The readings in the liturgy today provides a contrast between two figures – the great and mighty King Ahaz, and the young maiden Jew Mary. When the Lord, through the prophet Isaiah, appears before the king, and directs him to ask for a sign, he is given permission to dream big. “Ask the Lord your God for a sign for yourself coming either from the depths of Sheol or from the heights above.” So he is given permission to ask for anything; the boundaries that he is set could not – in the Jewish understanding of cosmology – be any bigger. In response, the foolish and rather pathetic Ahaz is only able to respond with false piety – “no, I will not put the Lord to the test.” It is hardly a test when you have specifically been given permission by the Lord to ask for something!
As we fast forward through 700 years of turbulent Jewish history, we arrive in Luke’s telling in the village of Nazareth – an area that like all of the holy land is under occupation by the might of the Roman army. It was a dangerous time to be alive.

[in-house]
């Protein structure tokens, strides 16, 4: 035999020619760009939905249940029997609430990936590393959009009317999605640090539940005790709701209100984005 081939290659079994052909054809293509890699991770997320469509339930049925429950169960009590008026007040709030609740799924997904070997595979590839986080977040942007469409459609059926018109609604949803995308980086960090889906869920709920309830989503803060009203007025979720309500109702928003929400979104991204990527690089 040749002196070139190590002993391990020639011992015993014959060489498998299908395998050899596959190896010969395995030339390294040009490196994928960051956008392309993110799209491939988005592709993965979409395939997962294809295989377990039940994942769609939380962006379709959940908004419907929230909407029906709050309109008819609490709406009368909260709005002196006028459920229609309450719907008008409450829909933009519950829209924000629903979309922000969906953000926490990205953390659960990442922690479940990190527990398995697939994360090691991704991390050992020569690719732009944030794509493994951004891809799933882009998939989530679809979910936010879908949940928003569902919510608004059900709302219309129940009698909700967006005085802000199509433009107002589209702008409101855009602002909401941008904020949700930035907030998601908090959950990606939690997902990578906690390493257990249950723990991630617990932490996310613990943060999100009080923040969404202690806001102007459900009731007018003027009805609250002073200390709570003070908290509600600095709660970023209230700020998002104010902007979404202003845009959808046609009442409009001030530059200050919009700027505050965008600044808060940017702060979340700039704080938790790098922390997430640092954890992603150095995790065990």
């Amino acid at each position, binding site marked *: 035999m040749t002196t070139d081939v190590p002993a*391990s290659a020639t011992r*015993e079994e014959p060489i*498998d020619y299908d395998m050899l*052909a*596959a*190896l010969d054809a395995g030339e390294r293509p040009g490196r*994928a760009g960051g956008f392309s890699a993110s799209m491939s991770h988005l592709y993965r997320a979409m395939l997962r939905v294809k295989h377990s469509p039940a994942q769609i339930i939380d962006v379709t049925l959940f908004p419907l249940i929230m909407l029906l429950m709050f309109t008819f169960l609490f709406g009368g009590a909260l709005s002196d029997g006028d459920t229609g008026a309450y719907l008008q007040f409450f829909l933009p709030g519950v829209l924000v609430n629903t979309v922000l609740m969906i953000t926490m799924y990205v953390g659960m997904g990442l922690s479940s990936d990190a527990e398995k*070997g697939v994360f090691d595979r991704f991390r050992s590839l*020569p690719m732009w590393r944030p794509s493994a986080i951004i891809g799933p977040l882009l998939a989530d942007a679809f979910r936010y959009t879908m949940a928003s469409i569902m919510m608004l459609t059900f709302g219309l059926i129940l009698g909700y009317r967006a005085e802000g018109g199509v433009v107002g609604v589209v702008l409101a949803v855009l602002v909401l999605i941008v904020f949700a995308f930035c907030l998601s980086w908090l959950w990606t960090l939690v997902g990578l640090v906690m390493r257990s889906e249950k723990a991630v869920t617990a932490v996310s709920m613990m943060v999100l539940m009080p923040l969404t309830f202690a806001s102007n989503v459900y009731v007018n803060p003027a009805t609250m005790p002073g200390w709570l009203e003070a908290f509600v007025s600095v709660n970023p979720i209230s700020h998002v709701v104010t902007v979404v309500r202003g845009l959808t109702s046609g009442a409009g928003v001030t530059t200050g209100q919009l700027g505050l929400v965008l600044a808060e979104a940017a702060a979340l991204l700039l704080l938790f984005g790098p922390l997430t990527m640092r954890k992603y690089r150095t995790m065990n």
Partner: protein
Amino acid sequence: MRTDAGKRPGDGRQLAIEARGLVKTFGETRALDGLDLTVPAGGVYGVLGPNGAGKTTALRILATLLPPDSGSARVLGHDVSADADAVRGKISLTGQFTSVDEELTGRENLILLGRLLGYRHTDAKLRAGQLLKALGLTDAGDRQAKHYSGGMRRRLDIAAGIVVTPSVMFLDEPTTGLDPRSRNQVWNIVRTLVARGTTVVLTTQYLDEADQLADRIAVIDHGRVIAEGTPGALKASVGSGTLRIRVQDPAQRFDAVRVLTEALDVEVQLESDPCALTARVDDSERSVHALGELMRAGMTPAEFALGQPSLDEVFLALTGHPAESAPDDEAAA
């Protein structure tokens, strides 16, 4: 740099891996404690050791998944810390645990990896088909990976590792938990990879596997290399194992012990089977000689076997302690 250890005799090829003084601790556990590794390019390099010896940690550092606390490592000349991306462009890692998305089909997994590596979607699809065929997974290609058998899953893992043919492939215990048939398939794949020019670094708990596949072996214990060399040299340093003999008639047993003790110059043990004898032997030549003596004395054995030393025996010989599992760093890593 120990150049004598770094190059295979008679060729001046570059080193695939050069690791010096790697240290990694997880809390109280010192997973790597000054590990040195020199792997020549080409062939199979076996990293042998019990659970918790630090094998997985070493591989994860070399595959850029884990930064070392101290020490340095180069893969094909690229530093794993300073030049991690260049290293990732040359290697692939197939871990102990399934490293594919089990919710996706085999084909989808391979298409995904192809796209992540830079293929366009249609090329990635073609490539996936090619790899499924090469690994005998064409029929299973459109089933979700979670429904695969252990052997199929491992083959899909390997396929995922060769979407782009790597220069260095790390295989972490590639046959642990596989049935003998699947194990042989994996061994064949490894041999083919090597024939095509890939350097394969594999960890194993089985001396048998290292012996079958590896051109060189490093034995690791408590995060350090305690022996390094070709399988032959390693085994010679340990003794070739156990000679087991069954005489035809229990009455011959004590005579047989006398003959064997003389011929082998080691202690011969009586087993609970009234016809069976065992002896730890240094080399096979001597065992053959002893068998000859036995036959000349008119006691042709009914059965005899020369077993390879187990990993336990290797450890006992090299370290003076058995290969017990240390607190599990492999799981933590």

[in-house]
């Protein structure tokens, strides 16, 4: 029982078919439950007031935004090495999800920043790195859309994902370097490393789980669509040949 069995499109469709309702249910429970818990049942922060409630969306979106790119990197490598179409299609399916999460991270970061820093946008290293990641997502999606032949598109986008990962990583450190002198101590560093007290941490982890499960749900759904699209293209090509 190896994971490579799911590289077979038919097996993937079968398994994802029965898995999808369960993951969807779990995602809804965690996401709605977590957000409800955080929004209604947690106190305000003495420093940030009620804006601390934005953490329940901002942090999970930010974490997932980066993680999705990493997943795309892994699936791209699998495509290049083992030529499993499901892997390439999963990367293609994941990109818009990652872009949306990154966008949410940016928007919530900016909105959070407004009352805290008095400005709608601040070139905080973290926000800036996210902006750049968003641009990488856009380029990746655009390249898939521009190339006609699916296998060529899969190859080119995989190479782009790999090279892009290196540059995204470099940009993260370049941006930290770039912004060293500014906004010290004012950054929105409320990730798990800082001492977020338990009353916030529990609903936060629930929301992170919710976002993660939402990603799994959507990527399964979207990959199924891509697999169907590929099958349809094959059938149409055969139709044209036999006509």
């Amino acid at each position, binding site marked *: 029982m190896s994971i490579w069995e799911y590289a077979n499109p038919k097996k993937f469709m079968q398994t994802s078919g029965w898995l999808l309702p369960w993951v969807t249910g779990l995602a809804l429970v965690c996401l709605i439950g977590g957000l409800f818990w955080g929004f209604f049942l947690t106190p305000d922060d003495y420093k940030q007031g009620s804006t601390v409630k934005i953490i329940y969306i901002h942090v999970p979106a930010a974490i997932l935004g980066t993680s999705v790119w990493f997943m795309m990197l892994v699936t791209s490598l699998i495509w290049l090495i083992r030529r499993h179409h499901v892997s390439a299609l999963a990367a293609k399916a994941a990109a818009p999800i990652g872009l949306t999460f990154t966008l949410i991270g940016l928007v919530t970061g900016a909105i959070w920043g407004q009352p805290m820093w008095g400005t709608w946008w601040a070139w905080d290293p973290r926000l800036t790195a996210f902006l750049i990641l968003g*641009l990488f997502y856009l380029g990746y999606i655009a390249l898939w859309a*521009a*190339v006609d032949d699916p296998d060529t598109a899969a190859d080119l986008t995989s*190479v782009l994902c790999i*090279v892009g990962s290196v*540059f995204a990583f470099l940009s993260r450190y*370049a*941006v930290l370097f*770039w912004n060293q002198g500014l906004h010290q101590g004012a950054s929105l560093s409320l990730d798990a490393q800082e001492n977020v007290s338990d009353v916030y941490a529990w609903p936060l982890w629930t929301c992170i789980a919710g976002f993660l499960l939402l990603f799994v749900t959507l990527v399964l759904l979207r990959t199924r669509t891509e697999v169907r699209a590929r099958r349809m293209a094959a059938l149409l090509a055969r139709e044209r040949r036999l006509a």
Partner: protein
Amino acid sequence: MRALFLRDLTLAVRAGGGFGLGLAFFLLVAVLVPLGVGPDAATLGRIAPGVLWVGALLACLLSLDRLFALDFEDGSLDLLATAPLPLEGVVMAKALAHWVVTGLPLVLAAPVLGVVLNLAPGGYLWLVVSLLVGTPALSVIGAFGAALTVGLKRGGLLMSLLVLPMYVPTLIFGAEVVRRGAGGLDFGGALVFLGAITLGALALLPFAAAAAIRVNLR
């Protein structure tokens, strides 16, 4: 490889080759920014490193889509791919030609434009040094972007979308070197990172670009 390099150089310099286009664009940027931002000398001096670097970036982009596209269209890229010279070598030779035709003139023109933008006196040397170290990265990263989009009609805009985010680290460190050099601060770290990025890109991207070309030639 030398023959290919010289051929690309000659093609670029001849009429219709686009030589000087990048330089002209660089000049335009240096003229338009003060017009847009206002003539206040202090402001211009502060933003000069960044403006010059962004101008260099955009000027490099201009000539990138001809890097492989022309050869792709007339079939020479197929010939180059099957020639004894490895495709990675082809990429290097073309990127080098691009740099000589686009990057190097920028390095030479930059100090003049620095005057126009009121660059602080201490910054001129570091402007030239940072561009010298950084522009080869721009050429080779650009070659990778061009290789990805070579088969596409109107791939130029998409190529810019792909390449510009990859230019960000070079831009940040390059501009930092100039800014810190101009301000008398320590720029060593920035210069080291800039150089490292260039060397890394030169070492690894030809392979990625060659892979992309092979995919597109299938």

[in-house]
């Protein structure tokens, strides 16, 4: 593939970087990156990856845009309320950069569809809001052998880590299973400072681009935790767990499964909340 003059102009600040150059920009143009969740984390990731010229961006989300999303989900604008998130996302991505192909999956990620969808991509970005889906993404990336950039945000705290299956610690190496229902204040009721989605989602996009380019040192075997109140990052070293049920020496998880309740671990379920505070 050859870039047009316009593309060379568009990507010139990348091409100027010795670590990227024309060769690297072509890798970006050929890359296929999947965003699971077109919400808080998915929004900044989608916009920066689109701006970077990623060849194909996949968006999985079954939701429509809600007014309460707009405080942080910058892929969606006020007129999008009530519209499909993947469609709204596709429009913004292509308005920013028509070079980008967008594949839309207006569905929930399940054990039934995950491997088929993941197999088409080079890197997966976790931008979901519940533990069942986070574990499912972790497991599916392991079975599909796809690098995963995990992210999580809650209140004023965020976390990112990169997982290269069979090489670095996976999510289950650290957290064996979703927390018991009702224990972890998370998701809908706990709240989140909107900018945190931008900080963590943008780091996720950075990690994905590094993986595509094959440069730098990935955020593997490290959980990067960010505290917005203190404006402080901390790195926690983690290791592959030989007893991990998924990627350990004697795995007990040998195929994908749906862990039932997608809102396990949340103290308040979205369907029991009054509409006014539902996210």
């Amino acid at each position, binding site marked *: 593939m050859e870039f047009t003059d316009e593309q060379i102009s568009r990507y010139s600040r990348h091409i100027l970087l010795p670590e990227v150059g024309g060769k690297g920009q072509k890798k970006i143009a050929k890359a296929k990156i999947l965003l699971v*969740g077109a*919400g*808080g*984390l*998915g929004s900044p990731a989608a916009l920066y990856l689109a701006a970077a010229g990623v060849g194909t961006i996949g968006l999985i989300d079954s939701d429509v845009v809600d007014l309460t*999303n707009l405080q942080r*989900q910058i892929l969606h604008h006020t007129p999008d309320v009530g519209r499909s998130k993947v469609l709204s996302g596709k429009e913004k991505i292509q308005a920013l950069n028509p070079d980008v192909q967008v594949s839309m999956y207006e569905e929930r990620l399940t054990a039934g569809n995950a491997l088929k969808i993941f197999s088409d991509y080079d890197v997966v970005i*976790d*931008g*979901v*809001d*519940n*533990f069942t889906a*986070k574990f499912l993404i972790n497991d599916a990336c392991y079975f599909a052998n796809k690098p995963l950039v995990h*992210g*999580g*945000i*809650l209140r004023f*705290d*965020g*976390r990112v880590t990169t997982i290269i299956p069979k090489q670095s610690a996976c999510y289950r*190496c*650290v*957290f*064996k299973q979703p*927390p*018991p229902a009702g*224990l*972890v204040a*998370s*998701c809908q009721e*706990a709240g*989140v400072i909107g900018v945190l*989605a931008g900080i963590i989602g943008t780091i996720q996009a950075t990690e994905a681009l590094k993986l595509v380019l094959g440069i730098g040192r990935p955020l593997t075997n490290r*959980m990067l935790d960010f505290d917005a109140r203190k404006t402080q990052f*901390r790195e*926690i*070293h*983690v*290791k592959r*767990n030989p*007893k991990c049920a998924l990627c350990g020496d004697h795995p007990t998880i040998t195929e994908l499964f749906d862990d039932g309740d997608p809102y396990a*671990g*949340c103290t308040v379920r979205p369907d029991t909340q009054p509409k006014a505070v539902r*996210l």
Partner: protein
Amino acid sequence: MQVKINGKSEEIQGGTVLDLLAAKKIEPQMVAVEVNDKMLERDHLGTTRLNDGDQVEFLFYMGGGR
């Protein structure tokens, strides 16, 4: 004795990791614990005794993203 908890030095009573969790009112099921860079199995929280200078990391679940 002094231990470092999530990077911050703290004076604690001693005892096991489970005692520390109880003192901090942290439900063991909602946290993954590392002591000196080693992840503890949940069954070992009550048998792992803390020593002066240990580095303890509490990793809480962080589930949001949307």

Even the simplest of what we now understand as ordinary activities and events could involve mortal peril. Indeed, sociologists tell us that childbirth and infancy were so risky, with such a high death rate, that just to keep the population of the Roman Empire stable (that is with a zero population growth), every woman of child-bearing age (which in those times was 14 years old – and it was a feat to survive even to that age) had to undergo five pregnancies – because so many mothers died in child-birth and so many infants died. So when the angel Gabriel appears to Mary on this day, and reveals such a confusing and utterly dramatic message, it is even more remarkable that the young Mary is able to respond so readily with the words that we know so well: ‘I am the handmaid of the Lord; let what you have said be done to me.’
Annunciation of the Lord.
Recorded at St Paul’s, 9am. (06’08”)